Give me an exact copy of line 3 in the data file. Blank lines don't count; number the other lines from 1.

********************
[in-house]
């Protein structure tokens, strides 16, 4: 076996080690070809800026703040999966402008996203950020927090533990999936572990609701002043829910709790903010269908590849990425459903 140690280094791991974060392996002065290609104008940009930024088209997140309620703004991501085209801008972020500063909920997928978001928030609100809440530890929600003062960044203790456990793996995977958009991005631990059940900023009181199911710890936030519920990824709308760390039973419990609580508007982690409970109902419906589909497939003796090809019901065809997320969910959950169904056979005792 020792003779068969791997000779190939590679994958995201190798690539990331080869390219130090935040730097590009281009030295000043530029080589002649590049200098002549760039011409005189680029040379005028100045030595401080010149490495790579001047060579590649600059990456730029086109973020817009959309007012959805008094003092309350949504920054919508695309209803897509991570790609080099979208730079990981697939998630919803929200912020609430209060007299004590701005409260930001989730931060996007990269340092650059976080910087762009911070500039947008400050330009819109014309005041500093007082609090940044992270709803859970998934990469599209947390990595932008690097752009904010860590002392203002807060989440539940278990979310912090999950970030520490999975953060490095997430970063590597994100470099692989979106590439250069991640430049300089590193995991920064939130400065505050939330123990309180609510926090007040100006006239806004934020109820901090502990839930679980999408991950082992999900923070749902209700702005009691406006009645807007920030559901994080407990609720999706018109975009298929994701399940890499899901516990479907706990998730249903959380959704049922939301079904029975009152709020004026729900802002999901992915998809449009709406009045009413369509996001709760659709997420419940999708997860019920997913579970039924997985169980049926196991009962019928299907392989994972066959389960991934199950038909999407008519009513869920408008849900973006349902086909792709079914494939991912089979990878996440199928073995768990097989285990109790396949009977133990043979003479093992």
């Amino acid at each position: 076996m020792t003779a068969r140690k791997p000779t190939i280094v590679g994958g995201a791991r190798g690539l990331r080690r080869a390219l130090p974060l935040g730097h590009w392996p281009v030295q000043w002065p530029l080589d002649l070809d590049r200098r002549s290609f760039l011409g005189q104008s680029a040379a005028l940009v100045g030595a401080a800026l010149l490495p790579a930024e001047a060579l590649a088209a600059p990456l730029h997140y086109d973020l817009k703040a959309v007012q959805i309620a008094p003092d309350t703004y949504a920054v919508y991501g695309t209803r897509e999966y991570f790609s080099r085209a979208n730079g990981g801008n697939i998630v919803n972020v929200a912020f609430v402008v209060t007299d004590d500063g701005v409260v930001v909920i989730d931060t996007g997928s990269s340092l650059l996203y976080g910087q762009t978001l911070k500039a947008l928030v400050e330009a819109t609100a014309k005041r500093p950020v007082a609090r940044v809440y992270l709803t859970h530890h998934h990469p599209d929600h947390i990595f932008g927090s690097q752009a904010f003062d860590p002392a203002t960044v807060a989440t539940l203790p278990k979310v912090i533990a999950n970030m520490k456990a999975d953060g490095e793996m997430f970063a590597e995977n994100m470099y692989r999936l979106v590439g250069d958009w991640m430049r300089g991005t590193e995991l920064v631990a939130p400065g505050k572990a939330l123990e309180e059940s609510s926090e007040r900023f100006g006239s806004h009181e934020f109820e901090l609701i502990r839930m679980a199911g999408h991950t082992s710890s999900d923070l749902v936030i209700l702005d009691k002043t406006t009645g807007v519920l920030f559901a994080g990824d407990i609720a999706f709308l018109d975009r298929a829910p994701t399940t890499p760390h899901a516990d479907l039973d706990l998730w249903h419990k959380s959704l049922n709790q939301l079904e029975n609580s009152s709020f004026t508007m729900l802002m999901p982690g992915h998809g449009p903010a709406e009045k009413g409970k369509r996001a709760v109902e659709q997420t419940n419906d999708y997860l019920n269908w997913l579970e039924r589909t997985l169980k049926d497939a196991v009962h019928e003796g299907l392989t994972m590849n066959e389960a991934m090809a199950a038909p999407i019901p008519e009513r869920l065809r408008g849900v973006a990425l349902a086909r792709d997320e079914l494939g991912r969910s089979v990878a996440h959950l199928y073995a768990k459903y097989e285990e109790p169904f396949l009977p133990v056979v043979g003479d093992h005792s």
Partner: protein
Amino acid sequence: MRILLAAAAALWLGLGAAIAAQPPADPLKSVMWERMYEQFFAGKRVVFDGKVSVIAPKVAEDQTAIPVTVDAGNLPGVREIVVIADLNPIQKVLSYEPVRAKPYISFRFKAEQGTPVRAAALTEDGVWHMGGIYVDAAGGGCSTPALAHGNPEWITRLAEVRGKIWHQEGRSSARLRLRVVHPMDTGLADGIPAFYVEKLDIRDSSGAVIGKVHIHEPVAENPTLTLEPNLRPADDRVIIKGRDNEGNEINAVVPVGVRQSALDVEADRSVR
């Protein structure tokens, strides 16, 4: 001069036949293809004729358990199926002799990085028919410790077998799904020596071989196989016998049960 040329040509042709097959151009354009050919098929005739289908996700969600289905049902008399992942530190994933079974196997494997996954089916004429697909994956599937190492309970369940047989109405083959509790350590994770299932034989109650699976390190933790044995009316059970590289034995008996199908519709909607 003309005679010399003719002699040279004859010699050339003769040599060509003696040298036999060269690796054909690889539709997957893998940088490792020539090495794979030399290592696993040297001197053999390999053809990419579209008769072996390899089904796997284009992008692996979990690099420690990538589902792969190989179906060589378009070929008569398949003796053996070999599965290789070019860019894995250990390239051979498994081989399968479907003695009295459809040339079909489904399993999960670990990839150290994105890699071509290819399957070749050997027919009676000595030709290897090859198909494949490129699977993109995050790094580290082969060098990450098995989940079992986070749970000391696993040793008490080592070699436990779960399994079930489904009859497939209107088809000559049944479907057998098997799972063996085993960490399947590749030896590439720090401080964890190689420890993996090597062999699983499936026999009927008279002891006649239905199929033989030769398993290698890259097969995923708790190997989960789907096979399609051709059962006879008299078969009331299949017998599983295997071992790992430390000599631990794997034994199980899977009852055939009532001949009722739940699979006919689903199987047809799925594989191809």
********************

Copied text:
């Amino acid at each position: 076996m020792t003779a068969r140690k791997p000779t190939i280094v590679g994958g995201a791991r190798g690539l990331r080690r080869a390219l130090p974060l935040g730097h590009w392996p281009v030295q000043w002065p530029l080589d002649l070809d590049r200098r002549s290609f760039l011409g005189q104008s680029a040379a005028l940009v100045g030595a401080a800026l010149l490495p790579a930024e001047a060579l590649a088209a600059p990456l730029h997140y086109d973020l817009k703040a959309v007012q959805i309620a008094p003092d309350t703004y949504a920054v919508y991501g695309t209803r897509e999966y991570f790609s080099r085209a979208n730079g990981g801008n697939i998630v919803n972020v929200a912020f609430v402008v209060t007299d004590d500063g701005v409260v930001v909920i989730d931060t996007g997928s990269s340092l650059l996203y976080g910087q762009t978001l911070k500039a947008l928030v400050e330009a819109t609100a014309k005041r500093p950020v007082a609090r940044v809440y992270l709803t859970h530890h998934h990469p599209d929600h947390i990595f932008g927090s690097q752009a904010f003062d860590p002392a203002t960044v807060a989440t539940l203790p278990k979310v912090i533990a999950n970030m520490k456990a999975d953060g490095e793996m997430f970063a590597e995977n994100m470099y692989r999936l979106v590439g250069d958009w991640m430049r300089g991005t590193e995991l920064v631990a939130p400065g505050k572990a939330l123990e309180e059940s609510s926090e007040r900023f100006g006239s806004h009181e934020f109820e901090l609701i502990r839930m679980a199911g999408h991950t082992s710890s999900d923070l749902v936030i209700l702005d009691k002043t406006t009645g807007v519920l920030f559901a994080g990824d407990i609720a999706f709308l018109d975009r298929a829910p994701t399940t890499p760390h899901a516990d479907l039973d706990l998730w249903h419990k959380s959704l049922n709790q939301l079904e029975n609580s009152s709020f004026t508007m729900l802002m999901p982690g992915h998809g449009p903010a709406e009045k009413g409970k369509r996001a709760v109902e659709q997420t419940n419906d999708y997860l019920n269908w997913l579970e039924r589909t997985l169980k049926d497939a196991v009962h019928e003796g299907l392989t994972m590849n066959e389960a991934m090809a199950a038909p999407i019901p008519e009513r869920l065809r408008g849900v973006a990425l349902a086909r792709d997320e079914l494939g991912r969910s089979v990878a996440h959950l199928y073995a768990k459903y097989e285990e109790p169904f396949l009977p133990v056979v043979g003479d093992h005792s």